When I was three or four years old there was a popular song called “I’m Looking Over a Four Leaf Clover.” Because of that song, I was always looking for them and it was this, I think, that led me to eat dirt for the first time.
Don’t ask me why I ate the dirt. Maybe it was because I was curious or perhaps it was because I had an audience–a little girl who was a year or two older than me that I was trying to impress.
I don’t think it was a lot of dirt–two, maybe three bites, probably. But it wasn’t bad that dirt in Annapolis, Maryland, back in the fifties. I don’t have any other dirt to compare it with, really, or know if the quality there is the same today–but it was okay, back then.
We were living in a Quonset hut–we, being my parents, my little brother and myself.
I have many memories of this place: Mama ironing Daddy’s uniforms and the crisp, starched little dresses that I wore. Daddy, macramaing his Navy belts on the back of a chair–and a pervading sense of sunlight throughout the little house and the yard around it.
It was a cozy doll’s house with a curved ceiling–and Mama kept it that way.
Mama did not agree with me about dirt; she hated dirt. She didn’t want any dirt on herself, her home or her children, let alone inside one of her children. So when Mama caught me in this perfectly natural experiment she told me not to do it again under threat of a spanking.
But the lure was too strong.
And the next time I tasted this clean, gritty substance, that same little rat-fink girl I’d been trying to impress, told on me, and Mama delivered as promised. It was my first experience with betrayal and I think I was bewildered by it, but I also think I must have hated that little rat-fink girl for a while.
Years later, after I’d seen the film: “The Good Earth,” and then read the book, I found out not everyone shared Mama’s opinion about dirt. In the story, they took my casual sampling a bit further and a family used the earth as food during a famine.
Mama could be picky about food, too. One night the cupboard was bare and we were pretty low on funds. Daddy looked to see what we did have and served us up a supper of toasted peanut butter and jelly sandwiches.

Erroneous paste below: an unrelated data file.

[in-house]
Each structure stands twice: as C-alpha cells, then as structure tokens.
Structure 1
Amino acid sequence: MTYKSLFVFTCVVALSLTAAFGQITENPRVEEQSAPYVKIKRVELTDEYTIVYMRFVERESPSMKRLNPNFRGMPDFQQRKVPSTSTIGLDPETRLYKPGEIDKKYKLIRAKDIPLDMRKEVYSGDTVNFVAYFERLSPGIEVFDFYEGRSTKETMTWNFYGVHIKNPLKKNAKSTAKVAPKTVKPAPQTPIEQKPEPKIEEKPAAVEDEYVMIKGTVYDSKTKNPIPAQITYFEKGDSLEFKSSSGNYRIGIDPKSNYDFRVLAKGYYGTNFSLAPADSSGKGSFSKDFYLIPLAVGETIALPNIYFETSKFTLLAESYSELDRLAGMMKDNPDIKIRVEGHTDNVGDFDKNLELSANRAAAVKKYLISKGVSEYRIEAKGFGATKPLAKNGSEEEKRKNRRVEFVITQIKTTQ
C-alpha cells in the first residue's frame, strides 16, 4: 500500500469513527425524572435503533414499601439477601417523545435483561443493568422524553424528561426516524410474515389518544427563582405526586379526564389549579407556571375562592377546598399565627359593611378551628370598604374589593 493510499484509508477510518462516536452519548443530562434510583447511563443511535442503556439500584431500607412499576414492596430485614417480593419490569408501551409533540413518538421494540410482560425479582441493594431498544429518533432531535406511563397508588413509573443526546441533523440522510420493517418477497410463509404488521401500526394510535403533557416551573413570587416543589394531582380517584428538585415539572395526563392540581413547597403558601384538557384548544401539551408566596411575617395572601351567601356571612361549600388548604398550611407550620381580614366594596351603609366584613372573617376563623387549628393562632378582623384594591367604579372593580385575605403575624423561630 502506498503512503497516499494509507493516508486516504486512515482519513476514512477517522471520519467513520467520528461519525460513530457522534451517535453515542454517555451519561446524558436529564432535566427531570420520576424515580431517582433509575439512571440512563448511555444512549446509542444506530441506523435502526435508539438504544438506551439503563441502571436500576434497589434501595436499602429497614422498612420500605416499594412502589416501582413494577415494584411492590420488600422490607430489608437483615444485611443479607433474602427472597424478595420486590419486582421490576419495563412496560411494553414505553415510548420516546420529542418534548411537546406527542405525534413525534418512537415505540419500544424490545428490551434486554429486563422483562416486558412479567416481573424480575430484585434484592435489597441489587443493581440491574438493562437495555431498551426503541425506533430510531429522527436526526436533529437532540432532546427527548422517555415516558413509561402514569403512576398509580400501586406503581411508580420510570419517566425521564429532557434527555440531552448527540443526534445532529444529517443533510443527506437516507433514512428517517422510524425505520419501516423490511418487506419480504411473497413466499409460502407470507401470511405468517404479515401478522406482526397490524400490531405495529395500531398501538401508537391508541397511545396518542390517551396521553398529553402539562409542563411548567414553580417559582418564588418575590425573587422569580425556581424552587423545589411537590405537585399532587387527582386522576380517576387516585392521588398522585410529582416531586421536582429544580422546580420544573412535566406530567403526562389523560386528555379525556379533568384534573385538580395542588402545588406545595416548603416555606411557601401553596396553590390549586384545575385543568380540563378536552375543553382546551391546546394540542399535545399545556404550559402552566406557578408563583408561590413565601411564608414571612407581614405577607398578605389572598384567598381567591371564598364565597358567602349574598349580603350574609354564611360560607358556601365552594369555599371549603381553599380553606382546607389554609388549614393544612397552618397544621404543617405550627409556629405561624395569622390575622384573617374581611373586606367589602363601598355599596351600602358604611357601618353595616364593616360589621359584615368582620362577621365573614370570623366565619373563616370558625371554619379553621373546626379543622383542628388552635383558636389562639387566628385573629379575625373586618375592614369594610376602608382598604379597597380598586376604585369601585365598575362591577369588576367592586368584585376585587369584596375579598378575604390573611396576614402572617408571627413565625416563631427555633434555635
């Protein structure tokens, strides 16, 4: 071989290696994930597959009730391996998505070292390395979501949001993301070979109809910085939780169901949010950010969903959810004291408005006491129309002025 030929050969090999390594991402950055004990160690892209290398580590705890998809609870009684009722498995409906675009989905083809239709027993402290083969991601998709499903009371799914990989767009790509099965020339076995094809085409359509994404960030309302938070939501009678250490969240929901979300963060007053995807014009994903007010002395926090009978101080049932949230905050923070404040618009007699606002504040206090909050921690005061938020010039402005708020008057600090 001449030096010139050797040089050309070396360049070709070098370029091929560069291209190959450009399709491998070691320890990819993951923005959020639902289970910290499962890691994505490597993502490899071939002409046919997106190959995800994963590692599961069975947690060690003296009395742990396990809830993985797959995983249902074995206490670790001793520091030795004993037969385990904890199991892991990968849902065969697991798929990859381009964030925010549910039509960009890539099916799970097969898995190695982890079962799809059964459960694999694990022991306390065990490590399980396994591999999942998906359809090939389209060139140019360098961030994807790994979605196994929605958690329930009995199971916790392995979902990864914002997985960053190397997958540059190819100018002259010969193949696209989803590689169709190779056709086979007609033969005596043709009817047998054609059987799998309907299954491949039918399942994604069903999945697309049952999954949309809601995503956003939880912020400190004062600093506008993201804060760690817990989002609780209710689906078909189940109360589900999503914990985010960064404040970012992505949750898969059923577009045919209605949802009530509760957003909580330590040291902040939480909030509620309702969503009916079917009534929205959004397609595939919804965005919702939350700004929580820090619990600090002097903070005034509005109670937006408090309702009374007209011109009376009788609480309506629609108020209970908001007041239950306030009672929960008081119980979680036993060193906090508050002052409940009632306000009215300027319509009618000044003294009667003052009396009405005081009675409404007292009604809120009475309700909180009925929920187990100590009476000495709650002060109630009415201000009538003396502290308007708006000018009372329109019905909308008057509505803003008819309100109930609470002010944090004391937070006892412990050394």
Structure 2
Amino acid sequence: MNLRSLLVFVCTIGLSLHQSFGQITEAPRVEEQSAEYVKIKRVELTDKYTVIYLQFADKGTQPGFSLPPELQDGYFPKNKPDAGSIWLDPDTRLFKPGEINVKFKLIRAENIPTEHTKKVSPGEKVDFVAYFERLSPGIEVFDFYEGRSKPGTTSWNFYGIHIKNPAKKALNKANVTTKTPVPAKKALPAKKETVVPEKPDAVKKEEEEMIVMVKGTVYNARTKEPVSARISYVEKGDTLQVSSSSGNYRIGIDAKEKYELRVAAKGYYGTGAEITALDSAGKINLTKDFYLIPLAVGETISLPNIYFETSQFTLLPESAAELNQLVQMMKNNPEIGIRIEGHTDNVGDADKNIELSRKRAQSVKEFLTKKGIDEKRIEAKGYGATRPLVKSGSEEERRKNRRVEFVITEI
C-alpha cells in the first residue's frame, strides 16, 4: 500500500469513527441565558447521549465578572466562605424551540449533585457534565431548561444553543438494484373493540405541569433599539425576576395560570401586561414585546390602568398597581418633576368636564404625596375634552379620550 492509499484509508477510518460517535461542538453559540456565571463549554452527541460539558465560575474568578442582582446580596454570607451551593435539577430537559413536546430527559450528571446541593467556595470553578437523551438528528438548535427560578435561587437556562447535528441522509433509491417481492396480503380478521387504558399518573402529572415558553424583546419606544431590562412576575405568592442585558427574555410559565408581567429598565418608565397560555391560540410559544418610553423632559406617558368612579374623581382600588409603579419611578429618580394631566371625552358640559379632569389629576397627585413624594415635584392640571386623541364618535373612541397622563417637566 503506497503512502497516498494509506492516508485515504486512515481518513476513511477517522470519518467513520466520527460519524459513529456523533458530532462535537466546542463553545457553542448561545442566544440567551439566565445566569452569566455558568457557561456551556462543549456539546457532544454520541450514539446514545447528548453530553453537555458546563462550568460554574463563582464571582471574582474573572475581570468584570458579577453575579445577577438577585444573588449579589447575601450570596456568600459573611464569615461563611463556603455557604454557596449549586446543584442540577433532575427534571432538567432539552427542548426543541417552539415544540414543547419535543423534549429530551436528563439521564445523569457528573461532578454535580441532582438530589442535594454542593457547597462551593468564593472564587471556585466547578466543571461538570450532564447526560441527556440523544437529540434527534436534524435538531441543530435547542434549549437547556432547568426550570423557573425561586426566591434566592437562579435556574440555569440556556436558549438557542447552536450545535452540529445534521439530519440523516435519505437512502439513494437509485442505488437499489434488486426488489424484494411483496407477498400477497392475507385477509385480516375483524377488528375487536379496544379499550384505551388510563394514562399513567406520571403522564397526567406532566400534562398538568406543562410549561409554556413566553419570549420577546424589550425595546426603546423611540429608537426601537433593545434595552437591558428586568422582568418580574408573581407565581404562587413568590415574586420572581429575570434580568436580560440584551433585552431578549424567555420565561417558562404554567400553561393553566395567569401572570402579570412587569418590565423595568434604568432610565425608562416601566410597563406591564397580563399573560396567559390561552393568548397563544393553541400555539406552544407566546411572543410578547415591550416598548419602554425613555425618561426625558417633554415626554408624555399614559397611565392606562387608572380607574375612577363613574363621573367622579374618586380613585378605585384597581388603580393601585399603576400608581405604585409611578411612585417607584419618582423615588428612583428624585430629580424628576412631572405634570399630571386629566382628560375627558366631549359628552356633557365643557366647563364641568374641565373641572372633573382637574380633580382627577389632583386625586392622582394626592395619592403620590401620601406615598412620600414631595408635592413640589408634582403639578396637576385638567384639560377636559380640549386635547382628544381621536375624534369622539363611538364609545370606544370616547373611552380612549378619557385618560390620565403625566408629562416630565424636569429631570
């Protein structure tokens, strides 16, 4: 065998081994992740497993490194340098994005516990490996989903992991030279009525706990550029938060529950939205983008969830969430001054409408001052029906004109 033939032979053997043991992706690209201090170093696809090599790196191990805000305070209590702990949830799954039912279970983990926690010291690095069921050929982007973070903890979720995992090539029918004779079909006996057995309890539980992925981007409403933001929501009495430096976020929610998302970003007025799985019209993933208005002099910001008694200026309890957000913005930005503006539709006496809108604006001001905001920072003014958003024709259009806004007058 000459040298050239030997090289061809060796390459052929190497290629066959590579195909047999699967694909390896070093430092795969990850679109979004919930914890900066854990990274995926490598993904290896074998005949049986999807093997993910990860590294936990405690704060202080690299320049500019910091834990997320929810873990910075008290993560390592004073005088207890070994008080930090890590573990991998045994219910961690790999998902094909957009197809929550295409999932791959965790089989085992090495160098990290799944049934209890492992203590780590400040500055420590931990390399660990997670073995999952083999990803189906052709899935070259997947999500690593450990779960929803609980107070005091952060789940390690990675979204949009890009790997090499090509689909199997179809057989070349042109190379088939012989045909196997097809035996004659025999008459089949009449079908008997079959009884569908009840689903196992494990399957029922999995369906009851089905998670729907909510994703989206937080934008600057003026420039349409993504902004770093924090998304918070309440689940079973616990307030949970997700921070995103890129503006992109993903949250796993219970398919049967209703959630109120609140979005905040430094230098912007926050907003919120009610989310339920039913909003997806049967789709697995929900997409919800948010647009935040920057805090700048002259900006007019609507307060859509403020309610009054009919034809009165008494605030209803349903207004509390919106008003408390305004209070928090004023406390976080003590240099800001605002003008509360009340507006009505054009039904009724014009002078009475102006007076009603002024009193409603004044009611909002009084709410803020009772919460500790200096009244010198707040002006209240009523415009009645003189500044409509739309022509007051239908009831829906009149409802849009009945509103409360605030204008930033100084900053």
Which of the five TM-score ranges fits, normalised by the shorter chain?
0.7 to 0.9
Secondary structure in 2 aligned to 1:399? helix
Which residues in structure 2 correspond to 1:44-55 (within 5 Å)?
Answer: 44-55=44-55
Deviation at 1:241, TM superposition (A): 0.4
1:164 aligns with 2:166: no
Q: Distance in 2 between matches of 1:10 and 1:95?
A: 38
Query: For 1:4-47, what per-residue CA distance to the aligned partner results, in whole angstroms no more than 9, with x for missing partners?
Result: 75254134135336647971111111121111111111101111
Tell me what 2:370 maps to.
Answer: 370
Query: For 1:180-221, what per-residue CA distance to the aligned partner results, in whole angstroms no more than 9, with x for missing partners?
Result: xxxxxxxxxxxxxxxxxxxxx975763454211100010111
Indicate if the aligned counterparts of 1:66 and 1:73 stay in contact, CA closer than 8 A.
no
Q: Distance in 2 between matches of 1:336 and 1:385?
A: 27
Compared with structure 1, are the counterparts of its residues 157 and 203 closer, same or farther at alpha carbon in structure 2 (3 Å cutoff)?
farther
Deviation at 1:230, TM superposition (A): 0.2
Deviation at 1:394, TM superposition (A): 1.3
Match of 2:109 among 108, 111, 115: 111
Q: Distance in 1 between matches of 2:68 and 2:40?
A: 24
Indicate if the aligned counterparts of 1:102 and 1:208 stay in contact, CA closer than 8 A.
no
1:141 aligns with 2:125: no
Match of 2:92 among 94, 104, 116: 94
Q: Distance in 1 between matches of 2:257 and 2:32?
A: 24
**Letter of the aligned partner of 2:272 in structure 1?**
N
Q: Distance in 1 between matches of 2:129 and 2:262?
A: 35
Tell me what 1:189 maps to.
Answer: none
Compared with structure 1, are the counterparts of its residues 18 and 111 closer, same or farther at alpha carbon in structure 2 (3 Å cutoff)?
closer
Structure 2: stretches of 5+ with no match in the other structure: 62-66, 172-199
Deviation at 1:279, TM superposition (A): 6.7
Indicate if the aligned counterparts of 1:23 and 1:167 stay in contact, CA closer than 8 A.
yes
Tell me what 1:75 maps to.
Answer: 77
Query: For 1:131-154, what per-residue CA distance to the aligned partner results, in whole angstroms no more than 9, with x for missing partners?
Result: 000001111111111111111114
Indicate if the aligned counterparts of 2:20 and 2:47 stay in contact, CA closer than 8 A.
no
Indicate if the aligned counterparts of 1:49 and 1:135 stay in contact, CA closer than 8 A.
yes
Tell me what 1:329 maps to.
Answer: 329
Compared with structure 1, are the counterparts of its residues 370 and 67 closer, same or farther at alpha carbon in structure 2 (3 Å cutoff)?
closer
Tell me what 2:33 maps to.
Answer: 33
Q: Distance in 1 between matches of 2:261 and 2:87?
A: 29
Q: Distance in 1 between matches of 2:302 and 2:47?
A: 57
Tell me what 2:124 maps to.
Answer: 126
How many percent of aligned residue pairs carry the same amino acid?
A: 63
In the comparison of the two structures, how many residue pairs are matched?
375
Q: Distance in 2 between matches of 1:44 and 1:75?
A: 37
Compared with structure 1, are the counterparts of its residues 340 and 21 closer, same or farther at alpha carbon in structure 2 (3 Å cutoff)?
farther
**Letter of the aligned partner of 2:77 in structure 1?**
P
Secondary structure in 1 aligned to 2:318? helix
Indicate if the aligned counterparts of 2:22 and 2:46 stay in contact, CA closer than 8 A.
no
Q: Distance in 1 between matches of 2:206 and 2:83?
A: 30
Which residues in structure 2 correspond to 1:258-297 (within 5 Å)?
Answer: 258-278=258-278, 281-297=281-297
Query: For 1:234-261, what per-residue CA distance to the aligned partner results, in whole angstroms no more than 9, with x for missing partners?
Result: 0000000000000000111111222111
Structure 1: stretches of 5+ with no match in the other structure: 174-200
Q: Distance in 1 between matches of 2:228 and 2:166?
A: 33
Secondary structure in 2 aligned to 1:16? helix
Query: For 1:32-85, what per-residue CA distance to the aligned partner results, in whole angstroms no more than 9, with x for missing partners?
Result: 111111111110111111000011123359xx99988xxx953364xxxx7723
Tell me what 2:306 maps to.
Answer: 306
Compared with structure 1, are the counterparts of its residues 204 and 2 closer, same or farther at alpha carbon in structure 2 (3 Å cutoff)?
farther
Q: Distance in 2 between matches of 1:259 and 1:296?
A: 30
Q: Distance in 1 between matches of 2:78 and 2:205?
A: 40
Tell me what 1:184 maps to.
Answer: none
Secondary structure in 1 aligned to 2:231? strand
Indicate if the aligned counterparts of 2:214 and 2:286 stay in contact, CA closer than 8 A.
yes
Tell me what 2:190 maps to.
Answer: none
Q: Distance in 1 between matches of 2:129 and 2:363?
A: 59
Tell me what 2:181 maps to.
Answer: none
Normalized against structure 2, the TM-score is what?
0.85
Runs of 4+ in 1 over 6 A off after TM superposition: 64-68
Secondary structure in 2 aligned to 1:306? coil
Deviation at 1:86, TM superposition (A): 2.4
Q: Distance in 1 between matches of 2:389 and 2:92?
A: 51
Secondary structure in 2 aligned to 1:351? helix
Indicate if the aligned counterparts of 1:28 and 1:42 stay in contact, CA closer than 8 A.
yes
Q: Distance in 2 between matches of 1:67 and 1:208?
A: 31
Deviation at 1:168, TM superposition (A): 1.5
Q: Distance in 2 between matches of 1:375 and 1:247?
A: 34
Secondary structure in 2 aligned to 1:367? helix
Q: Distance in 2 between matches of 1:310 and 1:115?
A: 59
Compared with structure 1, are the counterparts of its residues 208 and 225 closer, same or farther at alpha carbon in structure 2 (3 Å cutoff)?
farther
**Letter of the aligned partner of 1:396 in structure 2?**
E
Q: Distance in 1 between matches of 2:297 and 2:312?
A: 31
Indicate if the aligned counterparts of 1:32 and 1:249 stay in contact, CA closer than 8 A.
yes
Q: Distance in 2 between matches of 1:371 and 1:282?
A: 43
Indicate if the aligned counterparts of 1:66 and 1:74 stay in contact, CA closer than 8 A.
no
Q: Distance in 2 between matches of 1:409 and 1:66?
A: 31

Believe me, the warmth gives them whole new panache. I guess whether you like dirt or warm peanut butter and jelly sandwiches is all a matter of taste, but if you don’t taste them, how are you gonna know?
Over the years, I’ve learned that most everything my mother taught me is true. But I believe in signs… sometimes. And would you believe, about twenty years later, on the other side of the continent, that lady who wrote the book about people eating dirt came to an insignificant junior college in southern California, where a few of us students got to see and hear her speak in person.
And now, many years later, Miss Pearl S. Buck’s visit here to Southwestern College strikes me as small affirmation for that three-year-old girl, that perhaps eating dirt… wasn’t such a bad thing after all.
After returning to college several years ago for further study, VLSloan began writing full time when her work began winning contests. She joined a writing group that was starting up in Chula Vista soon thereafter – the group now known as South Bay Scribes.
A member encouraged Sloan to join a writing site called Wattpad. The site has enabled her to develop a large body of work, including, but not limited to – Short Stories, Serials, varied Poetry Collections and a newly featured mystery Novella called: Arachnia.
Wattpad allows interaction with not only readers, but with other writers and she has been fortunate enough to attain wide readership there. Known as sloanranger on the site, she now focuses her efforts on submissions and locating a Literary Agent. You can find VLSloan and her work by googling: Wattpad.com/sloanranger